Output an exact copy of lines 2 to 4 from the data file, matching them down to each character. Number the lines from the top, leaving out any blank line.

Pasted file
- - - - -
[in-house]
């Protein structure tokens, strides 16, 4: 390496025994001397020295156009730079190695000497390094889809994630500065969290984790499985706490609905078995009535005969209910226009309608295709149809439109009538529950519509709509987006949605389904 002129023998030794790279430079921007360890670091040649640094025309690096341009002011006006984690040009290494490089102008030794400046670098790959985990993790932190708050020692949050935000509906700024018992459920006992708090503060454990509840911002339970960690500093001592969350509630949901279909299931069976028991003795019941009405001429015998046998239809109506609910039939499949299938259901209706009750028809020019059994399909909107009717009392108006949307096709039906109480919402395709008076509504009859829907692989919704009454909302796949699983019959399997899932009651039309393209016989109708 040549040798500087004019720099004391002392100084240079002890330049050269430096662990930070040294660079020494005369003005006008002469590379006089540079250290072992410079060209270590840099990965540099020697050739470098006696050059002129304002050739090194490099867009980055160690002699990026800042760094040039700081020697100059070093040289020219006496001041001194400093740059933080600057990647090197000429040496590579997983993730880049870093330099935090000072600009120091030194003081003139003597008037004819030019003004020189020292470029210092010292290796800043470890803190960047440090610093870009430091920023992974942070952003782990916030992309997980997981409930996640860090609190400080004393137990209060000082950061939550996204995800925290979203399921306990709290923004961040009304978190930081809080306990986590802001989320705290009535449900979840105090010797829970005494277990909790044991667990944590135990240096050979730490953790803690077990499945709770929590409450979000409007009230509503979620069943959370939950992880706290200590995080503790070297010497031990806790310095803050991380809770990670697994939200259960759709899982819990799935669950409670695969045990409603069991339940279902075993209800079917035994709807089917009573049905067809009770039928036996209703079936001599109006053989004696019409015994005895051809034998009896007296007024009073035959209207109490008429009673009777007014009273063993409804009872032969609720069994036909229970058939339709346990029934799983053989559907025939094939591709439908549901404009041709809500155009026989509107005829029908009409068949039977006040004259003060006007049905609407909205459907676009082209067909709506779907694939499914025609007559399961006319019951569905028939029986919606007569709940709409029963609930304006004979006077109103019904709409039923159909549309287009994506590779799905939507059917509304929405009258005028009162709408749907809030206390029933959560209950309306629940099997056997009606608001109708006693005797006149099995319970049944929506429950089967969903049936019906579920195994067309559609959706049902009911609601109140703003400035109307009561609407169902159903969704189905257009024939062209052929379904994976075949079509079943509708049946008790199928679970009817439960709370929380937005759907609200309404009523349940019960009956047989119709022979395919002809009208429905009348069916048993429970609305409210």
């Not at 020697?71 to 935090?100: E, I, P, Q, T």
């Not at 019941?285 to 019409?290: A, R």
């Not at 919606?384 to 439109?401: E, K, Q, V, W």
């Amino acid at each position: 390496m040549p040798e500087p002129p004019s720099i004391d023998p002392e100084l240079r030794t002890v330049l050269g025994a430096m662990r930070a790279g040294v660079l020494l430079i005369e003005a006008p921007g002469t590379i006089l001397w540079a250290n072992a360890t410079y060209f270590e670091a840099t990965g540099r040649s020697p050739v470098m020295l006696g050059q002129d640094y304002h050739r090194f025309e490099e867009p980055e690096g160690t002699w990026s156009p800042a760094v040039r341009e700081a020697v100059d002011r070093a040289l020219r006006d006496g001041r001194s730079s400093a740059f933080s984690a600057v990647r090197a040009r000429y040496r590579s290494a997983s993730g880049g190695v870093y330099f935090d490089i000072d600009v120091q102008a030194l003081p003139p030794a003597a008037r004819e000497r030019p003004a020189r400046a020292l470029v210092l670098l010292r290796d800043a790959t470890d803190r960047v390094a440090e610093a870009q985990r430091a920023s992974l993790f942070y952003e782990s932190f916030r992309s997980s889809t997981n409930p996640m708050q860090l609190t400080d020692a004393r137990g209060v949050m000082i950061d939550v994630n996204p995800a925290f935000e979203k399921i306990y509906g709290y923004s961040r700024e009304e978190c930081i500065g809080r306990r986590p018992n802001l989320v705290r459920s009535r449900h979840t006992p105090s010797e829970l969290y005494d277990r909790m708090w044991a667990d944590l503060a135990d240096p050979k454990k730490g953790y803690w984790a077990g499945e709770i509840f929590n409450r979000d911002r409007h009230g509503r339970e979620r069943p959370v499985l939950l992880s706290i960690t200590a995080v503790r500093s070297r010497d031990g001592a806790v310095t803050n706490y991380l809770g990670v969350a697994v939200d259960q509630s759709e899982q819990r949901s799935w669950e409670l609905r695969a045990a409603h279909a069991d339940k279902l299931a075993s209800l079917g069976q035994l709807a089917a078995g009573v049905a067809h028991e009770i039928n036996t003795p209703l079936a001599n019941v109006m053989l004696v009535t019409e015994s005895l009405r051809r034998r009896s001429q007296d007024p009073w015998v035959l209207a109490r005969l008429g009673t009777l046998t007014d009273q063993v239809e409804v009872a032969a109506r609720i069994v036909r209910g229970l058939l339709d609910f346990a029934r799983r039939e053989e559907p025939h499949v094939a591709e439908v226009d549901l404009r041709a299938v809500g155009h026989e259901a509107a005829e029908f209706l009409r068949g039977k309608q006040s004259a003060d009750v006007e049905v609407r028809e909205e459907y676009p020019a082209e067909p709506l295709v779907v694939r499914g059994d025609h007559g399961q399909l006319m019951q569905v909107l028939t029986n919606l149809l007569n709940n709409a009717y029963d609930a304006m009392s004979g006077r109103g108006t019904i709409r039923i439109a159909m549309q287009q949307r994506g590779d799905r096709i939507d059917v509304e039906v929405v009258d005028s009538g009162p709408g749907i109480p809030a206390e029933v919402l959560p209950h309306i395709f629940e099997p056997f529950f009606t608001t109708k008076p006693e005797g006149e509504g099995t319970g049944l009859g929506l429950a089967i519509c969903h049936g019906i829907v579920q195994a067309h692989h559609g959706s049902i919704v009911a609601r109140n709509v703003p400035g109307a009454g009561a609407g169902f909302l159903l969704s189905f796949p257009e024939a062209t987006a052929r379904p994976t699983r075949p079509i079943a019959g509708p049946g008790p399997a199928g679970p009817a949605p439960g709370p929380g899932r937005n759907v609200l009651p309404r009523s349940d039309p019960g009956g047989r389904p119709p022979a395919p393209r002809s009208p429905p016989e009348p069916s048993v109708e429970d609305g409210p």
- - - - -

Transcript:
């Protein structure tokens, strides 16, 4: 390496025994001397020295156009730079190695000497390094889809994630500065969290984790499985706490609905078995009535005969209910226009309608295709149809439109009538529950519509709509987006949605389904 002129023998030794790279430079921007360890670091040649640094025309690096341009002011006006984690040009290494490089102008030794400046670098790959985990993790932190708050020692949050935000509906700024018992459920006992708090503060454990509840911002339970960690500093001592969350509630949901279909299931069976028991003795019941009405001429015998046998239809109506609910039939499949299938259901209706009750028809020019059994399909909107009717009392108006949307096709039906109480919402395709008076509504009859829907692989919704009454909302796949699983019959399997899932009651039309393209016989109708 040549040798500087004019720099004391002392100084240079002890330049050269430096662990930070040294660079020494005369003005006008002469590379006089540079250290072992410079060209270590840099990965540099020697050739470098006696050059002129304002050739090194490099867009980055160690002699990026800042760094040039700081020697100059070093040289020219006496001041001194400093740059933080600057990647090197000429040496590579997983993730880049870093330099935090000072600009120091030194003081003139003597008037004819030019003004020189020292470029210092010292290796800043470890803190960047440090610093870009430091920023992974942070952003782990916030992309997980997981409930996640860090609190400080004393137990209060000082950061939550996204995800925290979203399921306990709290923004961040009304978190930081809080306990986590802001989320705290009535449900979840105090010797829970005494277990909790044991667990944590135990240096050979730490953790803690077990499945709770929590409450979000409007009230509503979620069943959370939950992880706290200590995080503790070297010497031990806790310095803050991380809770990670697994939200259960759709899982819990799935669950409670695969045990409603069991339940279902075993209800079917035994709807089917009573049905067809009770039928036996209703079936001599109006053989004696019409015994005895051809034998009896007296007024009073035959209207109490008429009673009777007014009273063993409804009872032969609720069994036909229970058939339709346990029934799983053989559907025939094939591709439908549901404009041709809500155009026989509107005829029908009409068949039977006040004259003060006007049905609407909205459907676009082209067909709506779907694939499914025609007559399961006319019951569905028939029986919606007569709940709409029963609930304006004979006077109103019904709409039923159909549309287009994506590779799905939507059917509304929405009258005028009162709408749907809030206390029933959560209950309306629940099997056997009606608001109708006693005797006149099995319970049944929506429950089967969903049936019906579920195994067309559609959706049902009911609601109140703003400035109307009561609407169902159903969704189905257009024939062209052929379904994976075949079509079943509708049946008790199928679970009817439960709370929380937005759907609200309404009523349940019960009956047989119709022979395919002809009208429905009348069916048993429970609305409210």
């Not at 020697?71 to 935090?100: E, I, P, Q, T």
């Not at 019941?285 to 019409?290: A, R």